And that said, I will also say that I lost a lot of acquaintances and some friends in New York City. They were mostly much older, almost all with some existing health challenges. Some died alone in a hospital, their family members unable to be with them at their time of passing, as they choked to death alone in unfamiliar surroundings. Bad deaths, really hurt and very sad families. There is no question that New York City and its environs have been the hardest hit from the Wuhan Flu, and it is turning out that most of their deaths were also in nursing homes, where Governor Cuomo ordered sick people to go, even as the virus spread.

So yes, there are going to be some lessons learned here. Some painful ones and some good ones. The main good one being that American families are still intact, much more so than we might have thought just eight weeks ago. Let’s not forget this nor let it go. Spending family time together is one of the very best ways to spend time. Hopefully we don’t need a public health emergency to remind us in the future.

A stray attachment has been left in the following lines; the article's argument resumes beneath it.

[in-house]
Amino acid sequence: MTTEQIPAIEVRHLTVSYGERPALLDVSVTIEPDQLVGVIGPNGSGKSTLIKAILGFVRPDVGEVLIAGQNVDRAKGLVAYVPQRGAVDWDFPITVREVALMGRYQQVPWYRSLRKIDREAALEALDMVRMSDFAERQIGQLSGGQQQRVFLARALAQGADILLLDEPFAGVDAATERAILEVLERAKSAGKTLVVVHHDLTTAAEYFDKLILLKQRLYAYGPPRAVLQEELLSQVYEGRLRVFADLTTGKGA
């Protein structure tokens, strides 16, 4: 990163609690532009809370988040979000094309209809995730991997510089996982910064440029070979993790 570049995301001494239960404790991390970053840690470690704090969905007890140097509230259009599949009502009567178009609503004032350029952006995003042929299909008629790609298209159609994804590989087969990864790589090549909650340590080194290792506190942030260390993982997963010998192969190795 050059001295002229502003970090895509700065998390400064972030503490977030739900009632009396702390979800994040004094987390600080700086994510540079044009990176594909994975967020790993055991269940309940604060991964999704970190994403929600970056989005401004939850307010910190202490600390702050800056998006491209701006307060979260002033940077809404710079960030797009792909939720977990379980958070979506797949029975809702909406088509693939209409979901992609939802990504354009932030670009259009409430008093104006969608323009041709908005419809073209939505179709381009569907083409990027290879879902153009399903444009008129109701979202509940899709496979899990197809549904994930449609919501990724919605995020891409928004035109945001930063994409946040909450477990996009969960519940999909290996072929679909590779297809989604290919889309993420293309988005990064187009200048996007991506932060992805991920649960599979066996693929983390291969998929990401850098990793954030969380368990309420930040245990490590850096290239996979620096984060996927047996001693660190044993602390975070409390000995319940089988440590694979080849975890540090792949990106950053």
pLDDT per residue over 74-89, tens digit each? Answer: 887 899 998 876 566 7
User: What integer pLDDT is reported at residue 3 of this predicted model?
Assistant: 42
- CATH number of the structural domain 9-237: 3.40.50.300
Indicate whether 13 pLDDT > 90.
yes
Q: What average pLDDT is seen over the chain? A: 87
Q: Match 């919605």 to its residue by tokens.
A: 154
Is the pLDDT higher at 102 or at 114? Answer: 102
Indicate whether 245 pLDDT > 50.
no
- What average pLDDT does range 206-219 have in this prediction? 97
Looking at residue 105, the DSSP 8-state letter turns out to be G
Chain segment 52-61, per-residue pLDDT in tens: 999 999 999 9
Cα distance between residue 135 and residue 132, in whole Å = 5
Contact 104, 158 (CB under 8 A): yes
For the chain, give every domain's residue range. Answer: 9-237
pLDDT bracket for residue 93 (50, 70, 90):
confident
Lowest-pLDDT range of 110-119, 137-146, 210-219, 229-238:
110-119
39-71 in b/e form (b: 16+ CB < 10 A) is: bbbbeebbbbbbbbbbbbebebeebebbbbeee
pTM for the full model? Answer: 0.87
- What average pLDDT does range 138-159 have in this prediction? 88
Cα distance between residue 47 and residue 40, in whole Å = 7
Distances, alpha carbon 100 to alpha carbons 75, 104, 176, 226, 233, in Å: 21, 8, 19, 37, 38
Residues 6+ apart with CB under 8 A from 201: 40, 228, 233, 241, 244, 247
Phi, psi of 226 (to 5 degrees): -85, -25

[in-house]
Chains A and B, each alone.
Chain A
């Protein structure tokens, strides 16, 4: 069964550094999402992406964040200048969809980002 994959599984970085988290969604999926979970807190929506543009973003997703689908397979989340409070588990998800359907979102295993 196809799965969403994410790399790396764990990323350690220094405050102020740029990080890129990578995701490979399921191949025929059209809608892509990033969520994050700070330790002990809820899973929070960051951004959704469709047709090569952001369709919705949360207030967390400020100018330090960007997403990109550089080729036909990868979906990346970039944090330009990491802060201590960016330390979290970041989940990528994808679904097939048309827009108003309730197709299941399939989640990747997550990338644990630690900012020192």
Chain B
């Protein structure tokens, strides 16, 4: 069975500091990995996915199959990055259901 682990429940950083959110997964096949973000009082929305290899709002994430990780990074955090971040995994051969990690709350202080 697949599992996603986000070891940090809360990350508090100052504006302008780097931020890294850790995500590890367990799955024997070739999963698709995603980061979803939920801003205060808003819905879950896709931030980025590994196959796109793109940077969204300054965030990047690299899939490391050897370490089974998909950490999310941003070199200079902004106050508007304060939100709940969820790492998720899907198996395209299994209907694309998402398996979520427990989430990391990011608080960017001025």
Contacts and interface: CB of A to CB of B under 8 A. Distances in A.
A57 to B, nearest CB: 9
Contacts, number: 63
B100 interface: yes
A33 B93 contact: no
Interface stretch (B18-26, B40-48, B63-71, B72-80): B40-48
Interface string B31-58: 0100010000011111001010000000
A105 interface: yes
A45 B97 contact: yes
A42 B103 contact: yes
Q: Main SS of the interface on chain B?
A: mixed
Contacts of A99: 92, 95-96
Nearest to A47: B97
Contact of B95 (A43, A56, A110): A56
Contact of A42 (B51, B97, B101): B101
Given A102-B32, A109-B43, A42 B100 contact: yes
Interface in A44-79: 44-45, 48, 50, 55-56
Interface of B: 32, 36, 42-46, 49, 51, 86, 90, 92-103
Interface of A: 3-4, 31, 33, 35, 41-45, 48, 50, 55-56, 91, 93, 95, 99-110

Holocaust Remembrance & Israel

Last week had Holocaust Memorial Day, dedicated to remembering the millions of innocent civilians axe murdered by the Nazis from 1933 to 1945. Jewish communities especially make a big deal about this, and all across America they read names of the victims for like 24 hours. A way of memorializing and not forgetting. Fine, easy to understand.

This week it is Israel’s Remembrance Day, to recall those who died fighting for Jewish autonomy and survival, from 1945 until today. In a tiny country that is smaller than New Jersey, this is a big deal. Every person who dies while fighting for survival is a big deal. Easy to understand.